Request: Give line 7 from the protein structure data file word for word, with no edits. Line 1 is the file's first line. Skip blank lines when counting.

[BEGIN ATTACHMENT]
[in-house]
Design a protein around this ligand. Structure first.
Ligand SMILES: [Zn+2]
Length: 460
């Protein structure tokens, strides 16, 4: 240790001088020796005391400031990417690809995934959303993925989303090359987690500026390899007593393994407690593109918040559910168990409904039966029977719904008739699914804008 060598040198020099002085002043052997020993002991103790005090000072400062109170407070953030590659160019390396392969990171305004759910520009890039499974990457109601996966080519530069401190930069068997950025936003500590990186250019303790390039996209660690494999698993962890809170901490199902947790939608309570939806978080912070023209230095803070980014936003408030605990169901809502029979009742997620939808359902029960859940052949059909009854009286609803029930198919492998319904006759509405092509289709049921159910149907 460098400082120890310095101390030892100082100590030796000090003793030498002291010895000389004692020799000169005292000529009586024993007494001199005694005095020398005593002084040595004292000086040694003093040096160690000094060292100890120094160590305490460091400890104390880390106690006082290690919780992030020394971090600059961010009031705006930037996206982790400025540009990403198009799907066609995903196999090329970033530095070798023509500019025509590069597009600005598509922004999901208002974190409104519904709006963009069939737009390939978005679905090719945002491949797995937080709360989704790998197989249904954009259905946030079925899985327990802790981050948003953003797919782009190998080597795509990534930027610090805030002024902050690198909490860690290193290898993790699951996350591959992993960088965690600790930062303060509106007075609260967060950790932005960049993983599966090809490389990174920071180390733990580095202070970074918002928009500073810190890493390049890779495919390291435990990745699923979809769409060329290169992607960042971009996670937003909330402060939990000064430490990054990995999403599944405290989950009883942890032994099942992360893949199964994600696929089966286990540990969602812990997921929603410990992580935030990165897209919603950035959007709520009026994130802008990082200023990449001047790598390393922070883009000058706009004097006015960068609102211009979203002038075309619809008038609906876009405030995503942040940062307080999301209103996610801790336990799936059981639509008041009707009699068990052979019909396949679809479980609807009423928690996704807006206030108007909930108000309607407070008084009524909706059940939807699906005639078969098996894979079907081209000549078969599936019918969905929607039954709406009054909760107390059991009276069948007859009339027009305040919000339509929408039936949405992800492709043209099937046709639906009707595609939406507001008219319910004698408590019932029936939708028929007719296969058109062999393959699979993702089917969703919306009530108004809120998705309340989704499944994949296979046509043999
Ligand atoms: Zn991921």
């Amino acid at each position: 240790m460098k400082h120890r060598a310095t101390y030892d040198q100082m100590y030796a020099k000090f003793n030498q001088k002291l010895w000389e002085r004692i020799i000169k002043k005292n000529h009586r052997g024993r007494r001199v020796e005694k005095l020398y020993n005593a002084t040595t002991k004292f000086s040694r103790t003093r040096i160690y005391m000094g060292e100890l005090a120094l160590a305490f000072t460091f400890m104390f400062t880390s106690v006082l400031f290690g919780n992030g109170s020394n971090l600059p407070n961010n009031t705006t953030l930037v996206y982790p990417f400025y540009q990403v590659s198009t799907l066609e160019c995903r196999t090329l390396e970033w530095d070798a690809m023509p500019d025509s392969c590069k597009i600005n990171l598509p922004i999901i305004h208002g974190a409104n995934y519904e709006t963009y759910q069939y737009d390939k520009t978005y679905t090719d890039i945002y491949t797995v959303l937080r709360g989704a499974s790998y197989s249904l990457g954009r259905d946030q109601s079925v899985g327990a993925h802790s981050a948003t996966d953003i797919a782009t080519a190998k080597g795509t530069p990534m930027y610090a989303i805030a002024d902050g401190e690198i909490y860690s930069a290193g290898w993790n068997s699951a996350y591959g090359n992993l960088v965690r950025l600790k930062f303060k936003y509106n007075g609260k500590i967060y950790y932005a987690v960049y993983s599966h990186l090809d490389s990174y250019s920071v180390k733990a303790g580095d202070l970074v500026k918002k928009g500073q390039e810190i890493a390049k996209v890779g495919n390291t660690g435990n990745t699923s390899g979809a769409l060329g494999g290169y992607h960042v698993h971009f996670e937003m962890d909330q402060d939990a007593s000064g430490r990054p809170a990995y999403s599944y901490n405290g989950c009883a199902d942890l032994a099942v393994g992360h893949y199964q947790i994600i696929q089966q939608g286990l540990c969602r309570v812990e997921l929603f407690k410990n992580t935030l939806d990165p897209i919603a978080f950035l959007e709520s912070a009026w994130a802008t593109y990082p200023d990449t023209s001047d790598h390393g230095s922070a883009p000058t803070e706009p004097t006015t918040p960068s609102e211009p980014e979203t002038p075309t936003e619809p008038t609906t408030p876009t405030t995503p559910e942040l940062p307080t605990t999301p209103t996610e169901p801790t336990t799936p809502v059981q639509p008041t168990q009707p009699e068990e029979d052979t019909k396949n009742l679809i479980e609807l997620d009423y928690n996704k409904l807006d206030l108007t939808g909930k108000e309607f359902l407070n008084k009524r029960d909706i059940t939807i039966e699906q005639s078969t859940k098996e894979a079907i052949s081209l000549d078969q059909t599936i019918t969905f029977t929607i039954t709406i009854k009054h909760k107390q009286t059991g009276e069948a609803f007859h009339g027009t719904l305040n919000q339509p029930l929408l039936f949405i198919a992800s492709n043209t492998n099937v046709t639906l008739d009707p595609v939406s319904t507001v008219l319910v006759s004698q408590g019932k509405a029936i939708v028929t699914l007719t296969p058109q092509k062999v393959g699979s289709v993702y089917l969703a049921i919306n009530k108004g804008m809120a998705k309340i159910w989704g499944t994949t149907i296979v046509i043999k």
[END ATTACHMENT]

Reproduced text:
């Amino acid at each position: 240790m460098k400082h120890r060598a310095t101390y030892d040198q100082m100590y030796a020099k000090f003793n030498q001088k002291l010895w000389e002085r004692i020799i000169k002043k005292n000529h009586r052997g024993r007494r001199v020796e005694k005095l020398y020993n005593a002084t040595t002991k004292f000086s040694r103790t003093r040096i160690y005391m000094g060292e100890l005090a120094l160590a305490f000072t460091f400890m104390f400062t880390s106690v006082l400031f290690g919780n992030g109170s020394n971090l600059p407070n961010n009031t705006t953030l930037v996206y982790p990417f400025y540009q990403v590659s198009t799907l066609e160019c995903r196999t090329l390396e970033w530095d070798a690809m023509p500019d025509s392969c590069k597009i600005n990171l598509p922004i999901i305004h208002g974190a409104n995934y519904e709006t963009y759910q069939y737009d390939k520009t978005y679905t090719d890039i945002y491949t797995v959303l937080r709360g989704a499974s790998y197989s249904l990457g954009r259905d946030q109601s079925v899985g327990a993925h802790s981050a948003t996966d953003i797919a782009t080519a190998k080597g795509t530069p990534m930027y610090a989303i805030a002024d902050g401190e690198i909490y860690s930069a290193g290898w993790n068997s699951a996350y591959g090359n992993l960088v965690r950025l600790k930062f303060k936003y509106n007075g609260k500590i967060y950790y932005a987690v960049y993983s599966h990186l090809d490389s990174y250019s920071v180390k733990a303790g580095d202070l970074v500026k918002k928009g500073q390039e810190i890493a390049k996209v890779g495919n390291t660690g435990n990745t699923s390899g979809a769409l060329g494999g290169y992607h960042v698993h971009f996670e937003m962890d909330q402060d939990a007593s000064g430490r990054p809170a990995y999403s599944y901490n405290g989950c009883a199902d942890l032994a099942v393994g992360h893949y199964q947790i994600i696929q089966q939608g286990l540990c969602r309570v812990e997921l929603f407690k410990n992580t935030l939806d990165p897209i919603a978080f950035l959007e709520s912070a009026w994130a802008t593109y990082p200023d990449t023209s001047d790598h390393g230095s922070a883009p000058t803070e706009p004097t006015t918040p960068s609102e211009p980014e979203t002038p075309t936003e619809p008038t609906t408030p876009t405030t995503p559910e942040l940062p307080t605990t999301p209103t996610e169901p801790t336990t799936p809502v059981q639509p008041t168990q009707p009699e068990e029979d052979t019909k396949n009742l679809i479980e609807l997620d009423y928690n996704k409904l807006d206030l108007t939808g909930k108000e309607f359902l407070n008084k009524r029960d909706i059940t939807i039966e699906q005639s078969t859940k098996e894979a079907i052949s081209l000549d078969q059909t599936i019918t969905f029977t929607i039954t709406i009854k009054h909760k107390q009286t059991g009276e069948a609803f007859h009339g027009t719904l305040n919000q339509p029930l929408l039936f949405i198919a992800s492709n043209t492998n099937v046709t639906l008739d009707p595609v939406s319904t507001v008219l319910v006759s004698q408590g019932k509405a029936i939708v028929t699914l007719t296969p058109q092509k062999v393959g699979s289709v993702y089917l969703a049921i919306n009530k108004g804008m809120a998705k309340i159910w989704g499944t994949t149907i296979v046509i043999k």